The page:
Does your dog bark at people or dogs from inside your house? If so, you need to be aware what your dog is learning.
I'm cheating a bit as this dog is a colleague's dog and has been taught to do this!
If dogs bark at something passing their territory, this is usually doggy speak for “Go away scary thing, don’t come near my home.” This behaviour is usually quickly rewarded by the disappearance of the aforementioned scary thing! A good example of this is the postman. We might not realise it, but this behaviour is aggressive. Perhaps “Go away scary thing” is not the best way to phrase what the dog is saying; it’s actually something far less polite!!!
Barking aggressively at these things gets rewarded as it works because the scary thing disappears (he wasn’t to know it would disappear anyway), so the dog becomes more confident in using this behaviour to keep himself safe. Be aware that practice makes perfect!
The more the dog practices this behaviour, the more sure he is that he can deal with the perceived threat. It’s only a matter of time before he will manage to get out of the door whilst the scary thing is passing, and BOOM! He has now delivered a nasty bite! The owner is surprised as the dog has not been considered aggressive before. The window was preventing him from getting out all this time, but as soon as he got the first chance to deal with the threat, he dealt with it in the way dogs do – by biting. Some may be surprised that a fearful dog would run up to a scary person. However, the dog has been learning that barking aggressively makes the scary things go away for a while so gains confidence in his methods of driving the threat away. With built up frustration and practice, it really is only a matter of time before the dog gets out and bites someone. Sadly, the owners are horrified it happened, never realising what this behaviour was. Nobody wants to believe their dog could bite. But if your dog is barking at passers-by, the writing is already on the wall.
So, if you have a dog that barks aggressively out of your home window/porch/conservatory/gate at passers-by, what should you do about it? Does this mean the dog will be aggressive when not on his property?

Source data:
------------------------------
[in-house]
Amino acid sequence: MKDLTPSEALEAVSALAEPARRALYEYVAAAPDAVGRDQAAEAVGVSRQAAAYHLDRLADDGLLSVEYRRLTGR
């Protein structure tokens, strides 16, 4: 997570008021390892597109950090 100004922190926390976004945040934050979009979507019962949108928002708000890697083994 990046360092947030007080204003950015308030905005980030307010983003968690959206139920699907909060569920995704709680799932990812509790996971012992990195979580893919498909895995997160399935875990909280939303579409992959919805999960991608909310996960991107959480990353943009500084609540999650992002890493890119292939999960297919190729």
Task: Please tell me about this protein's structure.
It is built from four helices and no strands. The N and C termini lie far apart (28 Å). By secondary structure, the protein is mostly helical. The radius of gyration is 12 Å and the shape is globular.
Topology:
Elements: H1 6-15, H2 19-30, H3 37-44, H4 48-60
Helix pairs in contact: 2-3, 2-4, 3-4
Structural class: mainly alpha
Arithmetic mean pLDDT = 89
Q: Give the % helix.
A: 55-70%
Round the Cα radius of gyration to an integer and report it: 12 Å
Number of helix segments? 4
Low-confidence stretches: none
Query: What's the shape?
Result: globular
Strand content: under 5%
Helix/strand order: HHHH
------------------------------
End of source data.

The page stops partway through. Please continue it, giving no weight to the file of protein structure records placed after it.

It’s only territorial aggression if the aggressive behaviour is only shown to people/dogs when the dog is on or near his own property. If he is friendly at all other times, this would class as territorial aggression. However, if the dog is not friendly with strangers and dogs at other times, it’s not territorial; it’s fear of people/dogs wherever they are. The dog may feel safer and more supported in his home territory hence expressing his opinion, whereas he may be more closed down away from his safe place and not show aggression… yet. Maturity can change things and as dogs mature they can develop adult dog skills, like biting. When younger, fearful dogs avoid trouble if they can, but then start to defend themselves if necessary when adult, or if avoidance doesn't work.
So, if you have a dog that barks aggressively at people/dogs when they pass or approach his house, the easiest thing to do is to remove his access, as soon as possible, to the ongoing sight of people/dogs passing his home so that he cannot keep practising this behaviour and perfect his technique. This should prevent the need to defend his territory and stop the behaviour from becoming more problematic.
If you do not want your dog to bite it is best to keep your dog in another space away from the front door when you have visitors arriving until you are sure he will not defend his space. If you are not sure, then make sure the dog is kept away from visitors to ensure their safety. It is a criminal offence for your dog to show aggression to anyone in your home or garden in England.
It is always best to seek the guidance of a properly qualified dog behaviourist. So, find a behaviourist that is a member of an organisation that has assessed them as competent, not someone who just pronounces they are qualified without a qualified opinion. Be aware that a dog trainer is NOT a behaviourist, these are different skills and require a different level of education. The industry is not yet regulated so it can be difficult to know who to trust. If in doubt, ask your vet for a referral to a qualified behaviourist.